He told the court that his own legal costs to fight the case were set to reach £400,000, and if he lost the litigation and was forced to pay Universal's lawyer fees, his total bill could reach £600,000. In order to mitigate the total possible financial liability, he has parted ways with his legal team and is now representing himself.

However, he said, given that he was seeking $7000 for each of the master tapes he put up for auction, the costs of fighting this legal action "are not proportionate at all and not just".

A legal rep for Universal argued that $7000 was the starting price for the tapes in the planned auction, and the final price paid could have been much higher given the artists involved.

However, Gleason countered that the buyer of the tapes would not get any rights to commercially exploit the recordings, which meant the target for the auction was super-fans rather than corporate copyright owners, which would have restricted the level of bidding.

Elsewhere at the case management hearing, the judge said that the Universal labels that had dealings with 'Live From Abbey Road' should share with Gleason documents relating to their understanding and recognition of the copyright issues.

Last year a judge told Gleason to hand over certain correspondence from his side relating to the planned auction, because Universal wanted to assess if the producer actively knew he was breaching his past agreements with the labels by putting the master tapes up for sale.


NTIA welcomes extension of forfeiture moratorium but calls for more COVID support for night-time businesses
The Night Time Industries Association has welcomed the news that the government is extending its COVID-related forfeiture moratorium until June, although it says the extension is "a welcome reprieve but not a long term solution".

The forfeiture moratorium is a COVID measure to protect commercial tenants who are struggling to keep up with rent commitments because of the pandemic - it basically stops landlords from evicting tenants over unpaid rent.

The moratorium was due to expire at the end of this month, but with the COVID shutdown extending until at least June for many night-time businesses, the NTIA and others have been calling for the protection to be extended. It has now been extended until the end of June.

Welcoming that move but calling for more support for entertainment and hospitality businesses, NTIA CEO Michael Kill says: "The extension of the forfeiture moratorium until June 2021 has been welcomed by businesses which have been under an immense amount of pressure financially, but still does not address the underlying issues of rent arrears".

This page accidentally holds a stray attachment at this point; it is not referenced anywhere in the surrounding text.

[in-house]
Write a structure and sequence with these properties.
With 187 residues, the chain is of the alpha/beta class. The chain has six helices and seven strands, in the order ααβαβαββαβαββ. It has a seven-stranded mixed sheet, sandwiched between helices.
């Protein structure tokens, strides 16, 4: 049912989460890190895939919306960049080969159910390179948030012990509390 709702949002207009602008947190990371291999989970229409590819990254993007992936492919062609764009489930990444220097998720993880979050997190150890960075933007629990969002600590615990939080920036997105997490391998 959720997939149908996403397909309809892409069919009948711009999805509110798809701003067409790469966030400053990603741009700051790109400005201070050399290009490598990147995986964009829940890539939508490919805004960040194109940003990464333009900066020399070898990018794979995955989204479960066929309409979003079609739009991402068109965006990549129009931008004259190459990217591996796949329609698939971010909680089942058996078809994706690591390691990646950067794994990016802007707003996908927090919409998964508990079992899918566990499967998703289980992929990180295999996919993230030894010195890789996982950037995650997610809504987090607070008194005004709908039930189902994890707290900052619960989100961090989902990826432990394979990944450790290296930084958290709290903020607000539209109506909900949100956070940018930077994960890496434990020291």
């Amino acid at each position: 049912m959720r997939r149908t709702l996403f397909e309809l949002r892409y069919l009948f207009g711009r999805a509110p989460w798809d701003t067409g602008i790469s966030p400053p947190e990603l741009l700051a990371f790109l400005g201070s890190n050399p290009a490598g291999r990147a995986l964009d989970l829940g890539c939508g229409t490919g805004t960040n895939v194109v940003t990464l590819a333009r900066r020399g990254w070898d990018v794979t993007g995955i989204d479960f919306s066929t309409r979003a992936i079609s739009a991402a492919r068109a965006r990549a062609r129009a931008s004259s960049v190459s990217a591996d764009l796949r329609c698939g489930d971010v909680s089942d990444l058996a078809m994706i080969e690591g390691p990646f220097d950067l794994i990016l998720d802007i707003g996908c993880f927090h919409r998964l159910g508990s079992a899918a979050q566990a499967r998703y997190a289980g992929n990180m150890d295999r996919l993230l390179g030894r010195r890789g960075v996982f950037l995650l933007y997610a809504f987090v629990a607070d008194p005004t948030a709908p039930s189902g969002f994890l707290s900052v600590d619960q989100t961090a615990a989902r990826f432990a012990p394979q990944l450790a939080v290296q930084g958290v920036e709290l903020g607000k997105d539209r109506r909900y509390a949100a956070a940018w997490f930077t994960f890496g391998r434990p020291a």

"Business owners will continue to take on further rent debt through this period, which will inevitably compromise their future", he adds. "This needs government intervention and will require lead departments to use this period to address these issues and look at potential solutions where the stakeholders share the burden of debt from rent arrears. Consideration needs to be given to a more robust code of conduct which would require some mandatory elements within it, similar to the Australian model, ensuring that each stakeholder comes to the table to resolve this current situation".

"Thousands of businesses have been lost already, with many employees and freelancers hanging off every announced press statement", he concludes. "With the acknowledgement by the Prime Minister of the immense commitment of businesses and the nation in support of the public health strategy, out of courtesy would it be too much to ask the government to place greater importance on timely communication given the gravity of some of these announcements".


Everybody's Management launches record label
Artist management company Everybody's Management has launched new spin-off record label, Everybody's Music. The independent label will work in partnership with Sony's AWAL division. Its first release is 'Karma' by singer-songwriter Sarah Kinsley.

"Listening to new music together over the last twelve months has been a wonderful way to stay connected as a team here at Everybody's", says the firm's founder Adam Tudhope. "Given the tough times that new artists are faced with in these conditions, we decided the next logical step after listening to and enjoying new artists' demos would be to find a way to help release them".

"We're very pleased to be working in partnership with AWAL on this venture, which at this stage aims to sign very artist-friendly, short-term deals with new artists for a handful of recordings/songs in return for some investment of money and time into marketing those recordings", he goes on. "It's incredibly exciting that we already have our first three signings in place and we can't wait to start rolling them out".

Oh yes, so, as well as Kinsley - who is also managed by Everybody's - the label has also signed George Eve and Jayla Kai. All three will be releasing EPs in the near future.

Other Everybody's management clients including Keane and Jack Garratt, and the company has previously worked with Mumford & Sons and Laura Marling.


Love Record Stores announces second annual record storing loving event
The Love Record Stores initiative has announced a second big event that will take place in record stores around the UK in September this year, following the success of its first event last year. Not to be confused with Record Store Day, Love Record Stores 2021 will see independent artists and record labels support record shops with exclusive releases and in-store performances.

Originally a social media campaign to support music retailers amid the initial COVID-19 shutdown, the first physical Love Record Stores event took place last June. The 2021 edition will take place on 4 Sep - the hope being that by then people will actually be allowed to go into shops. The ambassador for this year's event will be Domino-signed artist Georgia.